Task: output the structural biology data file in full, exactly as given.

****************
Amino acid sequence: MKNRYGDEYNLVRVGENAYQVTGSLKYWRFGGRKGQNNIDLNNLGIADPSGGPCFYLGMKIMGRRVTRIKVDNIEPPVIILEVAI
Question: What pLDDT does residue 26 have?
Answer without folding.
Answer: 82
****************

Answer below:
Amino acid sequence: MKNRYGDEYNLVRVGENAYQVTGSLKYWRFGGRKGQNNIDLNNLGIADPSGGPCFYLGMKIMGRRVTRIKVDNIEPPVIILEVAI
Question: What pLDDT does residue 26 have?
Answer without folding.
Answer: 82